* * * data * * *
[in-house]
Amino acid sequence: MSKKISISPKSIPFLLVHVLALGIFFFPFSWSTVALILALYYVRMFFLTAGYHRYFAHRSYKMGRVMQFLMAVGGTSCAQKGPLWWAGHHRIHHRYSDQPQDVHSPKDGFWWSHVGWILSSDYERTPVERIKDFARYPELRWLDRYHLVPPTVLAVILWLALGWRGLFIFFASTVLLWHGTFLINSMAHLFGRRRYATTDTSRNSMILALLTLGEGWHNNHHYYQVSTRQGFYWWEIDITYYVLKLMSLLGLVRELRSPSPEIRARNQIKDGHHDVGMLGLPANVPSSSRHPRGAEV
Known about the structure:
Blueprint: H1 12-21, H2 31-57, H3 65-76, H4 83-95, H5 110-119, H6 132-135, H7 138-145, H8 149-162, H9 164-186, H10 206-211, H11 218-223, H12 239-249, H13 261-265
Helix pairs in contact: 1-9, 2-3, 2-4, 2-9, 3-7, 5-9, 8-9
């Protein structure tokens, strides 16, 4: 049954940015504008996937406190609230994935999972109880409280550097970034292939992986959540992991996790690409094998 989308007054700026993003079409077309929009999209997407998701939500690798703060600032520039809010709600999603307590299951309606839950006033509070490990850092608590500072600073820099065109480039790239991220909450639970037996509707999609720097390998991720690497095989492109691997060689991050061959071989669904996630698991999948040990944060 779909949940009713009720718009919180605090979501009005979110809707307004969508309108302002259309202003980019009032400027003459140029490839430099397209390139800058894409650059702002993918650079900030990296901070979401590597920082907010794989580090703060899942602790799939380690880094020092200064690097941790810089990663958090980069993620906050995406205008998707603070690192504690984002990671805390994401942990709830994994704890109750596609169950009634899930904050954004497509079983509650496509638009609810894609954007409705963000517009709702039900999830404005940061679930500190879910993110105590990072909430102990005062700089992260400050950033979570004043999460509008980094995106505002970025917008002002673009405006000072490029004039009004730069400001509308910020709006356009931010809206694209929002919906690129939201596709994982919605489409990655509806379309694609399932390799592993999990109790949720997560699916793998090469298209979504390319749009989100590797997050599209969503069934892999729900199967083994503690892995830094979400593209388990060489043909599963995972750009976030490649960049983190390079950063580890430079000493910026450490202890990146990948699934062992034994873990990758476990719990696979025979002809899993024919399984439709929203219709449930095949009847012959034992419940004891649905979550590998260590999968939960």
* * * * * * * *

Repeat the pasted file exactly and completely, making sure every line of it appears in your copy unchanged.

[in-house]
Amino acid sequence: MSKKISISPKSIPFLLVHVLALGIFFFPFSWSTVALILALYYVRMFFLTAGYHRYFAHRSYKMGRVMQFLMAVGGTSCAQKGPLWWAGHHRIHHRYSDQPQDVHSPKDGFWWSHVGWILSSDYERTPVERIKDFARYPELRWLDRYHLVPPTVLAVILWLALGWRGLFIFFASTVLLWHGTFLINSMAHLFGRRRYATTDTSRNSMILALLTLGEGWHNNHHYYQVSTRQGFYWWEIDITYYVLKLMSLLGLVRELRSPSPEIRARNQIKDGHHDVGMLGLPANVPSSSRHPRGAEV
Known about the structure:
Blueprint: H1 12-21, H2 31-57, H3 65-76, H4 83-95, H5 110-119, H6 132-135, H7 138-145, H8 149-162, H9 164-186, H10 206-211, H11 218-223, H12 239-249, H13 261-265
Helix pairs in contact: 1-9, 2-3, 2-4, 2-9, 3-7, 5-9, 8-9
């Protein structure tokens, strides 16, 4: 049954940015504008996937406190609230994935999972109880409280550097970034292939992986959540992991996790690409094998 989308007054700026993003079409077309929009999209997407998701939500690798703060600032520039809010709600999603307590299951309606839950006033509070490990850092608590500072600073820099065109480039790239991220909450639970037996509707999609720097390998991720690497095989492109691997060689991050061959071989669904996630698991999948040990944060 779909949940009713009720718009919180605090979501009005979110809707307004969508309108302002259309202003980019009032400027003459140029490839430099397209390139800058894409650059702002993918650079900030990296901070979401590597920082907010794989580090703060899942602790799939380690880094020092200064690097941790810089990663958090980069993620906050995406205008998707603070690192504690984002990671805390994401942990709830994994704890109750596609169950009634899930904050954004497509079983509650496509638009609810894609954007409705963000517009709702039900999830404005940061679930500190879910993110105590990072909430102990005062700089992260400050950033979570004043999460509008980094995106505002970025917008002002673009405006000072490029004039009004730069400001509308910020709006356009931010809206694209929002919906690129939201596709994982919605489409990655509806379309694609399932390799592993999990109790949720997560699916793998090469298209979504390319749009989100590797997050599209969503069934892999729900199967083994503690892995830094979400593209388990060489043909599963995972750009976030490649960049983190390079950063580890430079000493910026450490202890990146990948699934062992034994873990990758476990719990696979025979002809899993024919399984439709929203219709449930095949009847012959034992419940004891649905979550590998260590999968939960």